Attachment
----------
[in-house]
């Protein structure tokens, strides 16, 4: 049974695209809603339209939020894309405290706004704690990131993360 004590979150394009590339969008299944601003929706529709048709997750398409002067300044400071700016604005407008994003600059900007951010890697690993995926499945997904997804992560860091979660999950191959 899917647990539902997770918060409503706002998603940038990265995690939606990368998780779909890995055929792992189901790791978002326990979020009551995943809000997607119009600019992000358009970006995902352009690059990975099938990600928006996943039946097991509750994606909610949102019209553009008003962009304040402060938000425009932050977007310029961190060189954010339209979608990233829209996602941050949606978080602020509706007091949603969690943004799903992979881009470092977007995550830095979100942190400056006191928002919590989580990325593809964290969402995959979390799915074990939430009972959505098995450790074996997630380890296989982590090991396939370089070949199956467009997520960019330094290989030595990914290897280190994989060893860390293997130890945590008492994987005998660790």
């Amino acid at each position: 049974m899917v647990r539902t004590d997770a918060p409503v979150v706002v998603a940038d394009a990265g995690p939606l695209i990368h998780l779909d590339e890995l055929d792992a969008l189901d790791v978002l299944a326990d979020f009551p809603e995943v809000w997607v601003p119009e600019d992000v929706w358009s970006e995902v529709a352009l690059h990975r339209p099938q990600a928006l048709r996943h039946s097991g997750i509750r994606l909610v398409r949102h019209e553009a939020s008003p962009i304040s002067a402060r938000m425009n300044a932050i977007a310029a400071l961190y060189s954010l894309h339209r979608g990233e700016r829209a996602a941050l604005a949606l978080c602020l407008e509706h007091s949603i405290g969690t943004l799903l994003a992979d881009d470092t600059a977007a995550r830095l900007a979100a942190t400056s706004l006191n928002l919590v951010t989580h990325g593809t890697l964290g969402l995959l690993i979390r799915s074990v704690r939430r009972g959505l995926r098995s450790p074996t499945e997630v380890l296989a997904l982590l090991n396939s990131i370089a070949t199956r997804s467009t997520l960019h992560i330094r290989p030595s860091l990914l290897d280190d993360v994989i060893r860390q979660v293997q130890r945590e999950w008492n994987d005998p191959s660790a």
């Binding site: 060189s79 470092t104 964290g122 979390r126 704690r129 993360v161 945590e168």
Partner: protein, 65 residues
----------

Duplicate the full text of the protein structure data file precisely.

[in-house]
């Protein structure tokens, strides 16, 4: 049974695209809603339209939020894309405290706004704690990131993360 004590979150394009590339969008299944601003929706529709048709997750398409002067300044400071700016604005407008994003600059900007951010890697690993995926499945997904997804992560860091979660999950191959 899917647990539902997770918060409503706002998603940038990265995690939606990368998780779909890995055929792992189901790791978002326990979020009551995943809000997607119009600019992000358009970006995902352009690059990975099938990600928006996943039946097991509750994606909610949102019209553009008003962009304040402060938000425009932050977007310029961190060189954010339209979608990233829209996602941050949606978080602020509706007091949603969690943004799903992979881009470092977007995550830095979100942190400056006191928002919590989580990325593809964290969402995959979390799915074990939430009972959505098995450790074996997630380890296989982590090991396939370089070949199956467009997520960019330094290989030595990914290897280190994989060893860390293997130890945590008492994987005998660790």
């Amino acid at each position: 049974m899917v647990r539902t004590d997770a918060p409503v979150v706002v998603a940038d394009a990265g995690p939606l695209i990368h998780l779909d590339e890995l055929d792992a969008l189901d790791v978002l299944a326990d979020f009551p809603e995943v809000w997607v601003p119009e600019d992000v929706w358009s970006e995902v529709a352009l690059h990975r339209p099938q990600a928006l048709r996943h039946s097991g997750i509750r994606l909610v398409r949102h019209e553009a939020s008003p962009i304040s002067a402060r938000m425009n300044a932050i977007a310029a400071l961190y060189s954010l894309h339209r979608g990233e700016r829209a996602a941050l604005a949606l978080c602020l407008e509706h007091s949603i405290g969690t943004l799903l994003a992979d881009d470092t600059a977007a995550r830095l900007a979100a942190t400056s706004l006191n928002l919590v951010t989580h990325g593809t890697l964290g969402l995959l690993i979390r799915s074990v704690r939430r009972g959505l995926r098995s450790p074996t499945e997630v380890l296989a997904l982590l090991n396939s990131i370089a070949t199956r997804s467009t997520l960019h992560i330094r290989p030595s860091l990914l290897d280190d993360v994989i060893r860390q979660v293997q130890r945590e999950w008492n994987d005998p191959s660790a």
């Binding site: 060189s79 470092t104 964290g122 979390r126 704690r129 993360v161 945590e168």
Partner: protein, 65 residues